Following the big success of last year’s 1st Autumn School, EAN again welcomed 61 participants from 22 countries – Albania, Armenia, Austria, Denmark, Georgia, Greece, Israel, Italy, Kyrgyzstan, Latvia, Luxembourg, Moldova, Montenegro, Poland, Portugal, Romania, Russia, Serbia, Switzerland, Turkey and Ukraine. Loutraki, formerly known for its’ natural thermal springs, is close to Corinth and the archaeological site and village of ancient Corinth, about 80 kilometres west of Athens.
The autumn school lectures focus on how to approach a specific clinical syndrome in order to reach diagnosis and treatment. This year, the courses were enriched by guided interpretations of disease-specific imaging patterns, related to the main topics. This way, participants learned like in a real-life setting, how to deal with a given clinical situation.
This represents a different approach from the spring school, or many regional teaching courses, which are topic- or disease focused.
For the afternoon workshops, participants were divided into 3 groups of 20 persons each, to foster interactive hands-on and case-based discussions with the faculty members. A great innovation and special offer for Autumn school participants is, that the local speakers bring in one of their patients. This year, 2 patients came, and our participants were able to talk to and learn from their persona l point of view. It was a great experience for all participants, but also the patients said that they enjoyed being able to contribute to the education of neurologists and they were thankful that neurologists in training are so interested in learning.
The 2019 programme was:
Day 1: Cognitive dysfunction and headache – Image patterns and clinical presentations
Day 2: Cognitive dysfunction
Day 3: Headache
The official start was Thursday evening when all participants were welcomed by Roland Wiest, member of the Teaching course subcommittee in charge of the Autumn School and Maria Stamelou, local organiser and Autumn School taskforce member.
On Day one, Roland Wiest (Switzerland), Roberta Messina (Italy) and Reinhold Schmidt (Austria) spoke on „ Image patterns and clinical presentations in cognitive dysfunction and headache“, and in detail on Incidental findings and overuse of imaging, typical imaging findings related to headache as well as related to cognitive dysfunction. The first afternoon workshops combined a case-based workshops Imaging interpretation in general, in dangerous headache and in rapidly progressive cognitive decline.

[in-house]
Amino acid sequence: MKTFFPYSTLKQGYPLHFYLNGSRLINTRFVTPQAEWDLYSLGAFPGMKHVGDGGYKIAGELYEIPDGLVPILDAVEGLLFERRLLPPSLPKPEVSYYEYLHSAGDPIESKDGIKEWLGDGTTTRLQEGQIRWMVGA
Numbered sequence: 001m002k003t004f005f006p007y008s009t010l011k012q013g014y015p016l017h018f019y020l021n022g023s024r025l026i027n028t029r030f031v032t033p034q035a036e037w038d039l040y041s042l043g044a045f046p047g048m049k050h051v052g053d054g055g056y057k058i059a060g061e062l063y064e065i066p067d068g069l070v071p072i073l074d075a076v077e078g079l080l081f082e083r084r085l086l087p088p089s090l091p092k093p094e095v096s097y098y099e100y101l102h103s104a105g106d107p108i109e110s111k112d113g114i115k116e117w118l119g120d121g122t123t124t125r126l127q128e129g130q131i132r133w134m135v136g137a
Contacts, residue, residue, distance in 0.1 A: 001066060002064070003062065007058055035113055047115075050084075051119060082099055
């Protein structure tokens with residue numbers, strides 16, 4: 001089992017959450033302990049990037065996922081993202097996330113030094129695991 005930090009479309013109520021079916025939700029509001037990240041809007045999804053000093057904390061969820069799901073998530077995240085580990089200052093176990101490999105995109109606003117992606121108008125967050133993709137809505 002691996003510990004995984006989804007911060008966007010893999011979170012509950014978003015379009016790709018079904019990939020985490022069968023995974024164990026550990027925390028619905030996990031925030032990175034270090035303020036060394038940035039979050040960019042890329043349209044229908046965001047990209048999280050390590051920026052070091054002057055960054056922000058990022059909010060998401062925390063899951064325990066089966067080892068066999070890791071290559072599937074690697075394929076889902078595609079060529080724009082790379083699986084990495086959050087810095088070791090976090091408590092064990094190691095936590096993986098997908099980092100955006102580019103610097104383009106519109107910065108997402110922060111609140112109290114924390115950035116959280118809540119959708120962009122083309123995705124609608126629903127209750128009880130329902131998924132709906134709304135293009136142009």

After the first full day, all participants and speakers were invited to a boat trip through the canal of Corinth, an amazing 6.4 kilometres long and only 21.3 metres wide waterway, carrying ship traffic between the western Mediterranean Sea and the Aegean Sea, cutting through the Isthmus of Corinth that connects the Peloponnesian peninsula to the Greek mainland, thus effectively making the former an island.
Afterwards, the evening ended in an entertaining Greek celebration with delicious food, dance and music.
On day two, the main topic and condition the speakers lectured about was „cognitive dysfunction“, and Sokratis Papageorgiou (Greece), Elizabeta Mukaetova-Ladinska (UK) and Elka Stefanova (Serbia) informed the participants on rapidly progressive cognitive dysfunction, how to approach a patient with MCI – Chronic disease Alzheimer’s and FTDs, and dementia as part of other neurodegenerative conditions. The afternoon workshops were on neuropsychological testing in dementia for the non-neuropsychologists, case presentations on AD or familial FTD and a patient presentation suffering on autoimmune dementia, accompanied by his wife to inform on earlier episodes of the patient’s life and the impact in their quality of life.
The evening was networking and education likewise, but in a more leisure surrounding: a scientific dinner. The RRFS talk was a good kick-off, and Francesco di Lorenzo could inform everybody on how to start their career as junior neurologist in Europe, what grants and possibilities there are available and how to become an active RRFS member also within the EAN committees and scientific panels. In between the menue-courses, the lecturers showed educative cases that are a bit out of the ordinary, one being on “Space-headache”.
The last day focused again on headache. Michail Vikelis (Greece), Stefan Evers (Germany) and Patricia Pozo-Rosich (Spain) went into detail on headache as an emergency, chronic headache and comorbidities of headache. The last three afternoon workshops were dedicated to cluster headache, comorbid migraine and the journey of headache patients – a practical approach with patient involvement.
After a successful exam, the participants received their certificate of attendance.
The second EAN Autumn School ended in a leisure dinner and a relaxed good-bye party.
We would like to thank all Participants for giving us their evaluations to help us in our steady endeavour to improve and give feedback to our faculty.
If you are interested in participating in one of the EAN Schools, you do now have the opportunity to apply for the next EAN Spring School! Deadline is 31 January 2020. More information can be found here: https://www.ean.org/Spring-School.2711.0.html